Whether social workers take the initiative or law provides for the election of executive bodies from amongst the members of the MSs, money and patronage involved would give a golden opportunity to those with political ambition to build political base for advancement of career in politics. These MSs would become new centres of power for ambitious AAP workers. In all probability, power would be concentrated in the hands of local strongmen. Since money would be coming from an AAP government, the AAP members would consider it their domain. AAP would also try to strengthen its position at the cost of other political parties. The local units of AAP may behave the way the local units of the CPM behaved during the Communist rule in West Bengal. In West Bengal, even without formal legal powers, the local units of the CPM had become very powerful, dictating orders to government officials. Here under the AAP government, local party units would be armed with legal powers and would be getting money from the government.
There is danger that devolution of power would result in inter-party as well as intra-party rivalries. Factionalism that has inflicted the party at the top would travel down the local level.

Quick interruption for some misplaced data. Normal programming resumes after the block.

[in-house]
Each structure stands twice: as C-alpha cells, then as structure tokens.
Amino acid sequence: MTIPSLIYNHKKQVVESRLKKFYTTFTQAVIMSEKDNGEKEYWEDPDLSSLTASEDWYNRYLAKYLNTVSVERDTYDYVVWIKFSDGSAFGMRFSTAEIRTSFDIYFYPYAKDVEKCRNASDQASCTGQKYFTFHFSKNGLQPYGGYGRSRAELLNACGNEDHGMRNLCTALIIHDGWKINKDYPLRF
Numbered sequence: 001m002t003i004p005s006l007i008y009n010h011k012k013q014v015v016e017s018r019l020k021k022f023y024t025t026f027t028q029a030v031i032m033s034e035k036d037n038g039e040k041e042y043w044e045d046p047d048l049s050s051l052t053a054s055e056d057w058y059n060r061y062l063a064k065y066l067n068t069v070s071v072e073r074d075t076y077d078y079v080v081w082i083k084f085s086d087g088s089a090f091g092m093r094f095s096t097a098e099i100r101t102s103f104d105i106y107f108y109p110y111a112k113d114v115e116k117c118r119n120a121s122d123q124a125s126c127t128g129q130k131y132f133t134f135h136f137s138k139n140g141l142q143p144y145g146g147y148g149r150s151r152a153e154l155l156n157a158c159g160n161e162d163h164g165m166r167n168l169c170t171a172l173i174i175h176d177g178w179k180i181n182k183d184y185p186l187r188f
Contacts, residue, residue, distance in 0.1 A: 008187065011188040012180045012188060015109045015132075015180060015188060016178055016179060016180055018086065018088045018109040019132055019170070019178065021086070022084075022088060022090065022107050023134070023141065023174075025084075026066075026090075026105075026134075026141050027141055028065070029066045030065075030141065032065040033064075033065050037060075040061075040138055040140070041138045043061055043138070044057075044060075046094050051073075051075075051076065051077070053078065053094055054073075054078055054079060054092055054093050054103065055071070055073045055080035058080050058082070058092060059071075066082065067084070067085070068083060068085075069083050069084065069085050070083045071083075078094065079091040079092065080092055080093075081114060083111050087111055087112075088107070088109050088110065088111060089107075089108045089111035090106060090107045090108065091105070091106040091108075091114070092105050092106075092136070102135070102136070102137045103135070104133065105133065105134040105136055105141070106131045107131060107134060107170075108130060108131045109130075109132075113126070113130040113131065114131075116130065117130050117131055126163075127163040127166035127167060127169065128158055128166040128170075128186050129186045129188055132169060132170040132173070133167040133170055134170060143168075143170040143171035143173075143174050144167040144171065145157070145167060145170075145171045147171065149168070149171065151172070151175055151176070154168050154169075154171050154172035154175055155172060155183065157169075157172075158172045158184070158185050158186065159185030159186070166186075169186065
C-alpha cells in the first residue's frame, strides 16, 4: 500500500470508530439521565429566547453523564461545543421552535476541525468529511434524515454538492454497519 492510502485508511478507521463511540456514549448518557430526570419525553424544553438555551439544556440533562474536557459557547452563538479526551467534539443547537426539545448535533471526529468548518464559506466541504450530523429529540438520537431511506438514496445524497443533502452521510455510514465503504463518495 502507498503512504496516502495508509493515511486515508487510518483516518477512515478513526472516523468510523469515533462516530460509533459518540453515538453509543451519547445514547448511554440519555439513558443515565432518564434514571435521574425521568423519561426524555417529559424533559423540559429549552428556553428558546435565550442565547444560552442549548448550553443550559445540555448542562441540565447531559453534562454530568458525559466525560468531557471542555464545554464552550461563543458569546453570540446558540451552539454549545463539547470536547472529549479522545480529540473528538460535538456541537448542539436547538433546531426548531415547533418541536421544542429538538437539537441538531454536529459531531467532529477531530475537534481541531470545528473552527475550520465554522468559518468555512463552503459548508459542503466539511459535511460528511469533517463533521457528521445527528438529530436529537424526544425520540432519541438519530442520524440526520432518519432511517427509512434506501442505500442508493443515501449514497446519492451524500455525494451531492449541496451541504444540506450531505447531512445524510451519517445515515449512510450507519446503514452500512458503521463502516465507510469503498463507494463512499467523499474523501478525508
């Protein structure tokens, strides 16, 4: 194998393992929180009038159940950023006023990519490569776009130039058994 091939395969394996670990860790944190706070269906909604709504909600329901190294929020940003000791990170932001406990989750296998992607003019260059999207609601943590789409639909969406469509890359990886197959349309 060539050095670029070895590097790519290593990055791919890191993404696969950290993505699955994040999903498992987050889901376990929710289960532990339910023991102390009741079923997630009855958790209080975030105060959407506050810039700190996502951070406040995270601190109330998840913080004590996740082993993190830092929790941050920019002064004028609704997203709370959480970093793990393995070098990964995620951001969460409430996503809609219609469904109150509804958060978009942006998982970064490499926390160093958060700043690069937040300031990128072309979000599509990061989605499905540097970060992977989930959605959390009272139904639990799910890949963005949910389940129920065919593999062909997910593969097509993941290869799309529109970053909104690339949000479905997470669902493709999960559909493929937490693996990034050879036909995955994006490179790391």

Every Mohalla does not have space where 1000 or more people may assemble.
Every Mohalla does not have space where 1000 or more people may assemble.
The functioning of Delhi municipal corporations would also be adversely affected There is every possibility of conflict jurisdiction between MSs and municipal corporations. The State government cannot abolish municipal corporations. After the 74th Amendment to the Indian Constitution, it is mandatory to have local bodies like panchayats for villages and corporations for big cities.
The likely scenario is not going to be healthy for the society.
March 15, 2016
According to a news item in a national daily "The AAP is all set to finally keep a promise made during its assembly campaign - a functional "mohalla sabha" in every area in the capital."